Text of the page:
A separate Experimental Authorization is required to operate a ground station that will
communicate with the commercial space launch vehicle or spacecraft. Ground stations
belonging to and operated by the United States government do not require an Experimental
Authorization but instead are authorized through the National Telecommunications and
Information Administration. A separate Experimental Authorization is also required to operate a
ground testing facility for testing the radio communications equipment that will be used in
commercial space launch activities.
Required Information:Applicants applying for an Experimental Authorization for
commercial space launch and related cargo transport activities should provide the following
information through the Experimental Authorization system:
a. Technical information including frequency, power, emission, latitude and
longitude coordinates of the launch site or test operations.
b. An overview of the proposed launch or testing including, if appropriate,
identifying the launch facility and the overall mission.
c. The anticipated orbital parameters or range of orbital parameters (altitude,
inclination) in which the launch vehicle or related spacecraft will operate.
d. A 24-hour contact for interference issues.
e. If the applicant is also requesting authorization to operate an earth station to
communicate with the launch vehicle or spacecraft, it should provide
the frequency, power, emission, latitude and longitude coordinates for the earth
station. If the applicant is planning to communicate with an earth station operated
by another company, the United States government, or one located outside the
United States, its territories and possessions, the applicant should include
technical parameters of the earth station in an exhibit to the application for
reference purposes only.
The Federal Aviation Administration (FAA) and the National Aeronautics and Space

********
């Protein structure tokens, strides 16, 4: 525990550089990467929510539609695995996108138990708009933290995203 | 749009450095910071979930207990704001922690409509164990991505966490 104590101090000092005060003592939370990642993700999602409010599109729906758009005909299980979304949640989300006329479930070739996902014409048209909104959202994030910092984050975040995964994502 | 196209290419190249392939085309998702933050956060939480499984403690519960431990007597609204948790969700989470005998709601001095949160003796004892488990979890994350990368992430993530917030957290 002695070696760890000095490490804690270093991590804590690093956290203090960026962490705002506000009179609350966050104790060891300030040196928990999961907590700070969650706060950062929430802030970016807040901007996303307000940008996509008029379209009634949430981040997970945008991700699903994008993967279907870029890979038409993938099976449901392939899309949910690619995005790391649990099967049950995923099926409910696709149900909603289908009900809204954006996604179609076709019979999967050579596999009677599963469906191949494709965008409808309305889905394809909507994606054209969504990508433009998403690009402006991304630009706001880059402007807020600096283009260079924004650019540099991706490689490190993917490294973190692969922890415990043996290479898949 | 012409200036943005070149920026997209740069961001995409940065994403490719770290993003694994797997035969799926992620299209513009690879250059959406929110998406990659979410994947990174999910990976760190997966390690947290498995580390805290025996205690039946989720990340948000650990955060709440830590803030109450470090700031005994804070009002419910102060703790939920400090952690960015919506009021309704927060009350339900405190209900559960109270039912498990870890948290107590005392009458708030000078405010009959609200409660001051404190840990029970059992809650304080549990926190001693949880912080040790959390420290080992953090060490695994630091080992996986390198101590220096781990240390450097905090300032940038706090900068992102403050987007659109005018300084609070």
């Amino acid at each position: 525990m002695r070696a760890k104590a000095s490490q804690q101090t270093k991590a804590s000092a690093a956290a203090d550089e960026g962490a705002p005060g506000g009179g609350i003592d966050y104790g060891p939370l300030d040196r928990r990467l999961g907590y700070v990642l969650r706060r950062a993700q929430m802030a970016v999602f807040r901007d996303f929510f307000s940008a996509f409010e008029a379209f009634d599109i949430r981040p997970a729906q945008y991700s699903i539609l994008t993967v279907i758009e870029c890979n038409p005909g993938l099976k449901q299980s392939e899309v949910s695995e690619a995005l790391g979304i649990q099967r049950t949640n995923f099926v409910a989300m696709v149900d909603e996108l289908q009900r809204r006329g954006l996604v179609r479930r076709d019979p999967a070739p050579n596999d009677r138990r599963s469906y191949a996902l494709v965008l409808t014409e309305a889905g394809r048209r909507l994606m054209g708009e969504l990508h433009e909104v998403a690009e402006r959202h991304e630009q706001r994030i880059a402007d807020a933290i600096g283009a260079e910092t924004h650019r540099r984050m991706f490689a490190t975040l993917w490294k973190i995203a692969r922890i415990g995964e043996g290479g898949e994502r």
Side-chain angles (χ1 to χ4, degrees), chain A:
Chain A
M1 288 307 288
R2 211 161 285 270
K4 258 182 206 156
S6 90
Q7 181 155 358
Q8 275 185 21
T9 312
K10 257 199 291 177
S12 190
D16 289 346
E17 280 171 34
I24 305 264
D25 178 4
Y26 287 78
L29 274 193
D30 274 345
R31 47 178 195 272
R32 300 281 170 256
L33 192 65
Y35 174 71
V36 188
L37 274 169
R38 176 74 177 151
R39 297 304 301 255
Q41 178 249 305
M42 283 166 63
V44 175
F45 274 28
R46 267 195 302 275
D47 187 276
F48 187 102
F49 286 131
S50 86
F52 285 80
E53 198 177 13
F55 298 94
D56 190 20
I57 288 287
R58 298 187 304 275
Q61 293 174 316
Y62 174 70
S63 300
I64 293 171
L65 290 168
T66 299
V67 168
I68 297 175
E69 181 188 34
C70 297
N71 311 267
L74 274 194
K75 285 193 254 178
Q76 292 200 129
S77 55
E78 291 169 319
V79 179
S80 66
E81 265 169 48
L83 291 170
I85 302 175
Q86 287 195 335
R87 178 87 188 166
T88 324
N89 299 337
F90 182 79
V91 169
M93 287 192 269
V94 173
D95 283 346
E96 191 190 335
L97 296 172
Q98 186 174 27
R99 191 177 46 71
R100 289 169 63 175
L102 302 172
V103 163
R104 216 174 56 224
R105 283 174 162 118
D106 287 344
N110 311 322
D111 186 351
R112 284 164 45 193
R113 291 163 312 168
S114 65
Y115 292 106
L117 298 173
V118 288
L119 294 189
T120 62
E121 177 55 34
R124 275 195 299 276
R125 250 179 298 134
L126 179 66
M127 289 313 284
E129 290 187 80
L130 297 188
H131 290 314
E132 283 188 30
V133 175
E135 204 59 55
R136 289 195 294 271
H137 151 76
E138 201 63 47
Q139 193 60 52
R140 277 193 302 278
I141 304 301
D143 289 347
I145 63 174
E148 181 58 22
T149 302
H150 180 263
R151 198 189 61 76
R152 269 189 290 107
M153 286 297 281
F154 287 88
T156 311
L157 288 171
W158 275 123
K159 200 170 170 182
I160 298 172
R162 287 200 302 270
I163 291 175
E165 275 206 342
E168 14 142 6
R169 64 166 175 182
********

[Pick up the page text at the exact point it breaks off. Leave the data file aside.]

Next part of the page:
Administration (NASA) have developed and administer safety and policy processes for launch,
cargo delivery to the International Space station, and re-entry activities, including processes in
connection with orbital debris mitigation and re-entry risk. Accordingly, applicants need not
submit orbital debris mitigation information to the FCC in connection with launch, cargo
delivery, or re-entry activities that will be reviewed or approved through FAA and NASA
processes. Applicants should coordinate those activities through the FAA and NASA, as
Non-Interference Basis:All Experimental Authorizations are granted on a non-interference
basis, i.e., the licensed operations can neither cause interference nor claim protection from
Coordination with Federal Governmental Agencies:Because the spectrum in which many
applicants will seek to operate is allocated for Federal use, the FCC will coordinate its use with
NTIA. This coordination may result in the experimental authorization being subject to special
Length of Experimental Authorization:Experimental Authorizations are valid for a six-
month period from the date of grant and are renewable. Applicants must obtain a new
authorization for all communications associated with each launch.
For further information contact: Anthony Serafini at 202-418-2456 or via email at
email@example.com or Walter Johnston at 202-418-0807 or via e-mail at
- FCC -